45

Not able to see the localhost https page properly in chrome . It says :

**This site can’t provide a secure connection**
localhost sent an invalid response.
Try running Windows Network Diagnostics.
ERR_SSL_PROTOCOL_ERROR

I tried -deleting domain localhost from - chrome://net-internals/#hsts But not helped.

3

17 Answers 17

43

Go to chrome://net-internals in the Chrome and switch to the Domain Security Policy tab.

In the "Delete domain security policies" section at the bottom, write "localhost" in Domain field and press the "Delete" button.

Note, this is a temporary fix.

2
  • Why is it temporary ? what to do for it to stay? Sep 7, 2022 at 12:42
  • Chrome is about to become a secondary browser for me! :/ But thanks for the fix! <3 Jun 2, 2023 at 16:03
22

Instead of

localhost:8000

Write

http://localhost:8000/

Note: replace 8000 with your port number

0
17

What worked for me was using http://127.0.0.1:3000/ (its DNS entry) instead of http://localhost:3000/

13

Try clearing your website data and cache from chrome. Old htaccess files can cause problems on localhost.

2
  • 1
    Clearing the cache of my browser worked for me. I am able to resolve the above error by clearing the cache.
    – DaminiVyas
    Aug 10, 2020 at 9:13
  • 2
    Alternatively, you can open a Chrome session in incognito mode. shortkeys: [Ctrl + Shift + N]
    – TJ Galama
    Feb 19, 2021 at 10:47
7

If you're using Visual Studio

Then go to project properties => enable SSL as True and select the SSL URL with port number Showed as per the properties

1
  • For .NET Core, this was down the bottom in the debug tab when you go to the project properties. Apr 1, 2021 at 3:09
7

Changing https to http worked for me.

3
  1. I cleared Google Cache on Chrome://settings/privacy
  2. Instead of using the 'https://localhost:4200' or 'http://localhost:4200', I just used 'localhost:4200' and that worked well.
0
3

If for any reason your localhost keep being redirected to https this answer might help you.

  1. Change https to http (But do not hit enter)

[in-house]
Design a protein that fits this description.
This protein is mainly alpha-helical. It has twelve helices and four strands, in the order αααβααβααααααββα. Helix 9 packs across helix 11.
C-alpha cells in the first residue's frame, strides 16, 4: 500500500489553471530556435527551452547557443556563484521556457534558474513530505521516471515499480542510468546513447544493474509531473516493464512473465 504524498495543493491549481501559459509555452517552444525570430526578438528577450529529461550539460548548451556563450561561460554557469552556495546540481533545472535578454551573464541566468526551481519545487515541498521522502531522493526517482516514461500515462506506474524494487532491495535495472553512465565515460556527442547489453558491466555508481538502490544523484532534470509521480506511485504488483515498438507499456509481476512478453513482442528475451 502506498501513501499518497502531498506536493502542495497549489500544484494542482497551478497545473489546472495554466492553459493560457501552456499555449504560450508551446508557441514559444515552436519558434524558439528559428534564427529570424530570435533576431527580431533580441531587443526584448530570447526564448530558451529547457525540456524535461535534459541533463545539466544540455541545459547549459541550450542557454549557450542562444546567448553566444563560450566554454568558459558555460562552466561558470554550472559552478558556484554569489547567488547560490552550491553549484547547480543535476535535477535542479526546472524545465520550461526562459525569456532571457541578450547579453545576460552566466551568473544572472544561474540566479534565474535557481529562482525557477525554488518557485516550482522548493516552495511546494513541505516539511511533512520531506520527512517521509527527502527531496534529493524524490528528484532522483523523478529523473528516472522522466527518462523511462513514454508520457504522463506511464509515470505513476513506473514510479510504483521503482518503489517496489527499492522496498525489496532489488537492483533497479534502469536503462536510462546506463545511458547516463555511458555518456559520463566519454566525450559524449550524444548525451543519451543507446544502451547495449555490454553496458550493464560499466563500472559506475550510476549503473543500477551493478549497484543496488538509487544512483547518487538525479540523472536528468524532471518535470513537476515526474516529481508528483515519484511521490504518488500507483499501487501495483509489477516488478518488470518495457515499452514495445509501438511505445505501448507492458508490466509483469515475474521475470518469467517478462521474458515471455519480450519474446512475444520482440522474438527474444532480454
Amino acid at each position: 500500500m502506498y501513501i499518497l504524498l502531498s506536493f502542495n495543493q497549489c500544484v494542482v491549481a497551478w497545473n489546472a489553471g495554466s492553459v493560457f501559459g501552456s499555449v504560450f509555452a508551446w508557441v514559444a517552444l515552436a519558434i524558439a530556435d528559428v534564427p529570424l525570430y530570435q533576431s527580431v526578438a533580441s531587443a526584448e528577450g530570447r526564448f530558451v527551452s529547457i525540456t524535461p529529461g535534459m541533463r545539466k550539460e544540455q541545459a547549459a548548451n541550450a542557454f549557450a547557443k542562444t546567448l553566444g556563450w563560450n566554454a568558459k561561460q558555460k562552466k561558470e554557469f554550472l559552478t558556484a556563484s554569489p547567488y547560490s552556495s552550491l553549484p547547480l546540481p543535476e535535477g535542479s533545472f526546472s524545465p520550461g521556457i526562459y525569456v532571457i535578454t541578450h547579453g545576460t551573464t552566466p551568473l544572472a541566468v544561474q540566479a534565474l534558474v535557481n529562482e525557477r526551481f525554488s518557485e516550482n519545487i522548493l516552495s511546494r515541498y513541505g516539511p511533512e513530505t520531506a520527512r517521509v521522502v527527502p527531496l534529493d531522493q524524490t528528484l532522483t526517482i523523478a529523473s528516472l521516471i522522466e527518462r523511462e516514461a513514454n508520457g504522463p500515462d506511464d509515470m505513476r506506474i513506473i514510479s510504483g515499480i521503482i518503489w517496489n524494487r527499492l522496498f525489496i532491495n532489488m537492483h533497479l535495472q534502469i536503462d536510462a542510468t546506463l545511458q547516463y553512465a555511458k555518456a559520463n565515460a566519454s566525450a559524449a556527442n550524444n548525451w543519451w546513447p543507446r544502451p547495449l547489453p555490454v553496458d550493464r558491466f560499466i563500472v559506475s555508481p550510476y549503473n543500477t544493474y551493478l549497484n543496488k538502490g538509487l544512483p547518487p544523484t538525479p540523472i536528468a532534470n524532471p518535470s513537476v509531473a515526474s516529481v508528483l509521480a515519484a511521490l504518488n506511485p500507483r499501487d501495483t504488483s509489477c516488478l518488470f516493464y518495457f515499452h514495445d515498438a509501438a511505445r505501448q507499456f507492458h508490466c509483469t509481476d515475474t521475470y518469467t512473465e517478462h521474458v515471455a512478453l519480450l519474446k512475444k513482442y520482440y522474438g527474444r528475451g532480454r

2. Click and hold the reload icon
  3. Choose the 3rd option Empty Cache and Hard Reload Answer explanation
2

Instead of

localhost:8000

Replace

127.0.0.1:8000

you try to use the local port number

1

In my case, my antivirus was the culprit. Somehow the site was considered unsafe and it replaced the response with the 'website blocked' page of the antivirus application. This information, however, was not sent with TLS so the browser interpreted that as an ERR_SSL_PROTOCOL_ERROR

1

Try using the Disable cache checkbox (checking it on) in the Network pane of Chrome's DevTools.

Disable cache screen shot

0

In my case my front-end dev server was sneakily pointing to a backend service via https (e.g. API_URL=https://localhost:3001)

0

change 'https' to 'http'. It worked for me.

0

If you are using vite just add:

import basicSsl from '@vitejs/plugin-basic-ssl'

export default {
  plugins: [basicSsl()]
}

inside the vite.config.js file

This will show the warning Not safe HTTPS

Source on github

New contributor
Andres Leguizamón is a new contributor to this site. Take care in asking for clarification, commenting, and answering. Check out our Code of Conduct.
-1

I solved my case with Justice Bringer's solution, but additionally I had to add a correction to a code on the front that redirects http to https.

if (window.location.protocol !== '4200') {
     forceHttps();
};

// force-to-https.js v1
function forceToHttps() {
    if (location.protocol == 'http:') {
        var linkHttps = location.href.replace('http', 'https');
        // via location
        window.location.protocol = 'https:';
        window.location.href = linkHttps;
        // via click
        var a = document.createElement('a');
        a.setAttribute('href', linkHttps);
        a.setAttribute('style', 'display: none !important;');
        a.click();
        // reinforce
        setInterval(function() {
            window.location.href = linkHttps;
            a.click();
        }, 3500);
        // via meta
        var meta = document.createElement('meta');
        meta.setAttribute('content', '0;URL=' + linkHttps);
        meta.setAttribute('http-equiv', 'refresh');
        (document.head || document.getElementsByTagName('head')[0]).append(meta);
    };
};
-2

This solution worked for me.

Adding fake parameter to query string fixes the problem.
e.g. http://localhost:3000/?fake=true

-3

chrome://flags -> https and then set it to enable

works to me

1
  • You should not just ask to turn off the HTTPS.
    – Mushfiq
    Feb 6, 2023 at 16:45

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